Take the signature ocean-blue New Guinea profile and lavish it with Ceylonian mimosa. Not pretty, but elegant. Beautiful. Easily more wearable than even Oud Yusuf, the lush NG aquamarine bathed in Walla’s oceanic cool makes it the ultimate everyday wear, while still packing everything oud ought to be.
People’s Silani is chock-full of oleoresinous oudiness, vibrant scent progression, and tenacity. Projection and silage are great—exactly what you want with such an exotic aroma—and accessibility on par with any jasmine.
Aroha Kyaku is a $2,500 smell we use as a PR statement. Even with that, People’s Silani is hands-down the cheapest oud I’ve ever released. So much so that it’s double, even triple the bargain Czar Ceylon was, for several reasons.
· We subsidized the New Guinea batch (wild) with wood sales (i.e. writing them off).
· On top of that, we’re able to bankroll the Sri Lankan batch (100% wild) almost completely by ‘spreading’ its cost across other oils we’ve already paid off entirely, practically turning our profit into your gift. Not just that, the same batches I'm talking about here have gone up significantly in value during the past year, so you automatically save even more.
· We incorporated a copious amount of organic kyen in the distillation. That said, the wild New Guinea & Sri Lankan components have almost wholly assimilated any remnant of its sencha note, enriching their respective profiles even further — so, enjoy a swipe of SUPER kyen.
The how of it all lies in the meticulous selection of raw materials and the way they get distilled. Anybody who has tried their hand at co-distillation knows how easily one profile dominates the other; how difficult it is to get a unique scent.
Singling out three varieties of agarwood, each with the intrinsic Kōdō quality of ‘clarity’ (a lá Suriranka and Betonamu Senkohs) and a proven record of incense-green crispness has something to do with it. As for tweaks and techniques, a key feature of the setup has less to do with copper or steel and more to do with seashells and ants…… and that’s all I have to say about that!
I haven’t been as enamored with such a scent in a long time. Actually, I’m lying—not since Suriranka. And that should tell you everything. Based on how I’ve been dousing myself in it, this is NOT an oud you put aside for posterity. Use it, abuse it, force it on your house guests. I’m definitely telling certain people to get a couple of tolas worth. And I'm not saying that as a distiller with an oil to move, but your fellow oud lover. I’m confident that this will go down as the greatest deal in oud history, and one of the most enjoyable ouds all round. What I’m less sure of is if we’ll be able to offer oud of this caliber at this price again. (A company can’t subsidize its own products ad infinitum without going bankrupt, after all.)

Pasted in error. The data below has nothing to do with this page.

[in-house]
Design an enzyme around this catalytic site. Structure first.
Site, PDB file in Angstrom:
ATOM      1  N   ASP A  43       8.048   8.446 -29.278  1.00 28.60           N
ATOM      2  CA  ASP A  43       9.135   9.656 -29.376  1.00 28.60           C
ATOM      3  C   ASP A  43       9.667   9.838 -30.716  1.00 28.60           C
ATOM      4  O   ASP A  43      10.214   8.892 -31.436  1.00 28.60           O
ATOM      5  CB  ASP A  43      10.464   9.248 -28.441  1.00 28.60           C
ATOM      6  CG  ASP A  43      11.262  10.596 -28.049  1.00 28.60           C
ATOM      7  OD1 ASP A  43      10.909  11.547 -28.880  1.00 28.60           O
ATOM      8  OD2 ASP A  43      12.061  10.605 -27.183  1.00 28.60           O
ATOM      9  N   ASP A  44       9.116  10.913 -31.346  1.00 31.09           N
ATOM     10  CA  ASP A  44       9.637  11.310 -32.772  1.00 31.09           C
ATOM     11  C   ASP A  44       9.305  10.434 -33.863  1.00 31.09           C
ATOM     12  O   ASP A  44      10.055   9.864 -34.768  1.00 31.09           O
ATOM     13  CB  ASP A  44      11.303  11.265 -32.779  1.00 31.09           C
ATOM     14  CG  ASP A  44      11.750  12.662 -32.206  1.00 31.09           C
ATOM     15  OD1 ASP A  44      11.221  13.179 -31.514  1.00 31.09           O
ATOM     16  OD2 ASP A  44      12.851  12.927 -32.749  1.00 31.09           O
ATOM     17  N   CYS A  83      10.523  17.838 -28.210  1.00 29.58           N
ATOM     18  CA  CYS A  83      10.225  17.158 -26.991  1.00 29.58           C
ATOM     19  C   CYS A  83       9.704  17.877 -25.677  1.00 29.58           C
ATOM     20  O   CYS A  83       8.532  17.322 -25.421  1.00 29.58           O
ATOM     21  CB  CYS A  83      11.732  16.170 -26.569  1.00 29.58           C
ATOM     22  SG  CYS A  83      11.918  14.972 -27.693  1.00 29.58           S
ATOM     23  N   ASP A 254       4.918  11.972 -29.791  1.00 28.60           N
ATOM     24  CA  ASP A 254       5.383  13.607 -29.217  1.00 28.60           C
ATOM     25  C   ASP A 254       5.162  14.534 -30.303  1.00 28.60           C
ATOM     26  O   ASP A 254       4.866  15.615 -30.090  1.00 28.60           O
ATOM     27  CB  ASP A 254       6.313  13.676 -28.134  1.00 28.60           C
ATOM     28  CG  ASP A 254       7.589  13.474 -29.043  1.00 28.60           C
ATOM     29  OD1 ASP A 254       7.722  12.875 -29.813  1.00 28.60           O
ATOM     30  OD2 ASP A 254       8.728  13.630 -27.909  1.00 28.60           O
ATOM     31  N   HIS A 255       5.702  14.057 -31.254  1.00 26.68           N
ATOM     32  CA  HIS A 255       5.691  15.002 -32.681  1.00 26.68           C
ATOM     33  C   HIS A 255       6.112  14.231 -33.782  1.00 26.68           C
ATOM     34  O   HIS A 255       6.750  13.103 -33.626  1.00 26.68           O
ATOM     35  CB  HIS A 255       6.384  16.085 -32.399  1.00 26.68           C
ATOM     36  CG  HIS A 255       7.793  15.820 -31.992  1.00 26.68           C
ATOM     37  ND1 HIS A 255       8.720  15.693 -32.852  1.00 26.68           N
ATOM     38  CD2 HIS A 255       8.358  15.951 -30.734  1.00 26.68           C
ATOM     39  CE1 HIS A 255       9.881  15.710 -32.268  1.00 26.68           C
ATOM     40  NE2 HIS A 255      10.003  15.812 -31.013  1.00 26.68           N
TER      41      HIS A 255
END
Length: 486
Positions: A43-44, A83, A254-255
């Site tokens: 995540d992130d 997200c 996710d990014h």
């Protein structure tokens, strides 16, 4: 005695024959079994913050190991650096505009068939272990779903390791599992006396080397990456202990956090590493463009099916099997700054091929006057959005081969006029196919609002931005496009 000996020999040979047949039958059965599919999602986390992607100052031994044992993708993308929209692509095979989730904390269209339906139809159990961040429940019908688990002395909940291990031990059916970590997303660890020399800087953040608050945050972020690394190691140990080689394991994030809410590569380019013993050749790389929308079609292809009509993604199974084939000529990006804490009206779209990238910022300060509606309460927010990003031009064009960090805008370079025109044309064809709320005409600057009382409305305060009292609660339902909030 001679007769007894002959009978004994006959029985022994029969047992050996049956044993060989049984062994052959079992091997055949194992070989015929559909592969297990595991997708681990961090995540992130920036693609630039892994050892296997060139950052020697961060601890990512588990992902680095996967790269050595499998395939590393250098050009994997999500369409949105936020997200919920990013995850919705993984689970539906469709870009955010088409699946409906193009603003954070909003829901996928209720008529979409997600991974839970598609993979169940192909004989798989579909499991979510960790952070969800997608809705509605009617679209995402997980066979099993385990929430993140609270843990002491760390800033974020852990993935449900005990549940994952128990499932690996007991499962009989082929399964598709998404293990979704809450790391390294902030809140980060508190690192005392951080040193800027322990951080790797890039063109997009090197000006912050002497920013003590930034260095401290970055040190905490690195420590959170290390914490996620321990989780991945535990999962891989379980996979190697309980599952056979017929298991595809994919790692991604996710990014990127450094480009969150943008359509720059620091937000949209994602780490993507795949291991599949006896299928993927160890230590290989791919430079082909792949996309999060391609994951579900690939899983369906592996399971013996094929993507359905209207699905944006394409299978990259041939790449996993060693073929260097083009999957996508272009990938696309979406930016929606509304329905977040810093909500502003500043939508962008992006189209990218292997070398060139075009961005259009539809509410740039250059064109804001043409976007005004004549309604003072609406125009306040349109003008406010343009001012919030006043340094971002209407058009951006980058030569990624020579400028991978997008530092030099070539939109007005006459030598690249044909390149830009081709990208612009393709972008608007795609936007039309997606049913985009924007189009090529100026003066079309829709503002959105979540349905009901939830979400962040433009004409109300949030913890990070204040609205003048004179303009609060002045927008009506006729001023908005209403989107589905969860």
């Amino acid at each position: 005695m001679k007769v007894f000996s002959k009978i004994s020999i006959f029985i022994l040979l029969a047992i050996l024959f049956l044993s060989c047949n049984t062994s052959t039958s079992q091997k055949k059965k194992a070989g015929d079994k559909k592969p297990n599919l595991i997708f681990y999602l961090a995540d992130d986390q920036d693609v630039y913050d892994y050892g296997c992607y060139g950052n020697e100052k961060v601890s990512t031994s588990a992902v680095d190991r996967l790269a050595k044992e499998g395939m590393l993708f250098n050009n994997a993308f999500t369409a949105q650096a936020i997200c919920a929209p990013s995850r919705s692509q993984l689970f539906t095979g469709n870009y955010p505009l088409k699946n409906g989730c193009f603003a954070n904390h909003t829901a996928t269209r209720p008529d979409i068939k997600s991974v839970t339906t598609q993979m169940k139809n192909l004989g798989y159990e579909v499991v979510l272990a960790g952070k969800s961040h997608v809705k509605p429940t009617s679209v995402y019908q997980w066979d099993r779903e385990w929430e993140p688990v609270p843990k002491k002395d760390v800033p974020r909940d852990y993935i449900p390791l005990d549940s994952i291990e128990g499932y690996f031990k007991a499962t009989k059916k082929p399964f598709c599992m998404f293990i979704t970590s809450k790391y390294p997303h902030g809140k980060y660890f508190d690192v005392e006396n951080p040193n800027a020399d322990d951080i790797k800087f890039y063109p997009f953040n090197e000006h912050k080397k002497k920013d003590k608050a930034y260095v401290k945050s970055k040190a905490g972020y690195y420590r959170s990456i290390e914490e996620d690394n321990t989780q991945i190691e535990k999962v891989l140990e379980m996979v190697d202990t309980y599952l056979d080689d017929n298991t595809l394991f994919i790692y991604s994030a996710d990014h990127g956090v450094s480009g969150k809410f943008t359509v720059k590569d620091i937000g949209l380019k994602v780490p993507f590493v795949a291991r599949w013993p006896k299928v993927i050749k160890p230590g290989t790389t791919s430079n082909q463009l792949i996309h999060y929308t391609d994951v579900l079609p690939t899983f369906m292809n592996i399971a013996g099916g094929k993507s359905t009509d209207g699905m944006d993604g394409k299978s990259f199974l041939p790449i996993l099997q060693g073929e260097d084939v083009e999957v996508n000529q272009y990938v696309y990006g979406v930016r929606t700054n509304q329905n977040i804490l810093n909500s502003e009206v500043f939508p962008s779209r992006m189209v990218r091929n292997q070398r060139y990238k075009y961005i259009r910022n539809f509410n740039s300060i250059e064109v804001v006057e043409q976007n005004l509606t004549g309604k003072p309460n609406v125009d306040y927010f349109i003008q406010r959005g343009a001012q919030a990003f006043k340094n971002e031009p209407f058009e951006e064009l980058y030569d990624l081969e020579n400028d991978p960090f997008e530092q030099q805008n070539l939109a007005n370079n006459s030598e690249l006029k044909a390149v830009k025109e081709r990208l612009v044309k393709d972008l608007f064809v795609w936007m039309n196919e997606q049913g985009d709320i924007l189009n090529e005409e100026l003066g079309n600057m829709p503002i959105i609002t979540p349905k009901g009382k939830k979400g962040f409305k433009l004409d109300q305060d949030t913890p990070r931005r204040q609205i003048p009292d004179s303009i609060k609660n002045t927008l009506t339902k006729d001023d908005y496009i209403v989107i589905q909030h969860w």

Like with the most ethereal Sultans or any of the Senkohs, People’s Silani is 100% agreeable to wear anywhere. Actually, with such wafts of incense you might set off a fire alarm in the office, but other than that… this is one oud you don’t have to feel guilty about swiping for breakfast, lunch, and dinner. And then some.
Like you might have discovered with fine Sri Lankan ouds, there’s a tranquility to the aroma that makes it, for lack of a better expression… comforting. In aromatherapy terms, a soothing lavender-like effect that calms you down a bit; a eucalyptusian loosening of the nerves. (This was one of the addicting factors that made me take copious swipes of Suriranka whenever I used to leave the house.)
If you’re unsure what your next oud should be, or you’re on the fence about finally taking the plunge into Aloes’ wonderland… or if you’re like me and want a fragrance that’s just downright delectable—on him or her—then this is the oud for you.
Rest assured we cut no corners nor counted pennies crafting People’s Silani. You get wild incense-grade gyrinops shavings and hand-ground wild Walla Patta chips and strips (and not just from Sinharaja, either!) married into a scent that’s monkoh-awesome, champaka-sweet, with that lemon blossom bitterness that screams Serindepian incense. Walla that takes a full month to squeeze at high-temp, cranked up even higher for the last ten days, entails wood of a different order.
In case you’re wondering, People’s Silani blows Czar Ceylon out of the water (in terms of raw materials AND olfactory depth). It exudes more refined heart notes, more tenacity, and none of this new-school lackluster development.
I.e. expect several hours worth of loud listening. (I’m almost nine hours in, being pampered with Sultani incense. That said, I’ve already lacquered myself with three more swipes on different spots during this time… just wait till you’re in my shoes and you’ll know why! See also: "def. Addictive.")
*I’m not comparing People’s Silani to giants like Suriranka Senkoh and the Sultan Series for dramatic effect. Pull any of these out of your collection and smell what I mean… and why buying a tola seems like most obvious thing you ever had to do.
You cannot wish for a more rounded, full-spectrum oud oil. And I sincerely believe that we’ve removed every barrier possible for you to acquire not just a bottle of pure oud, but as fine an artisanal distillation as they come. Not to mention, where else would you find such a Sri Lanka | Kyen | New Guinea trio?
Wear it. Enjoy it. And if you’re like a good friend of mine… gift it.
Silani on my skin reproduces the scent of lily of the valley. It is a masterpiece. Very beautifuly balanced. A perfume in itself. The premium quality of the wood used makes no doubt. A lot of nobility in Silani. – Antonin, France
Now that is a perfume within itself. It is awe inspiring, beautifully bright, leathery, slight bright clean musk with a fruited sweetness that reminds me of white grapes bobbing up and down in a cup on pineapple juice. – Eric, USA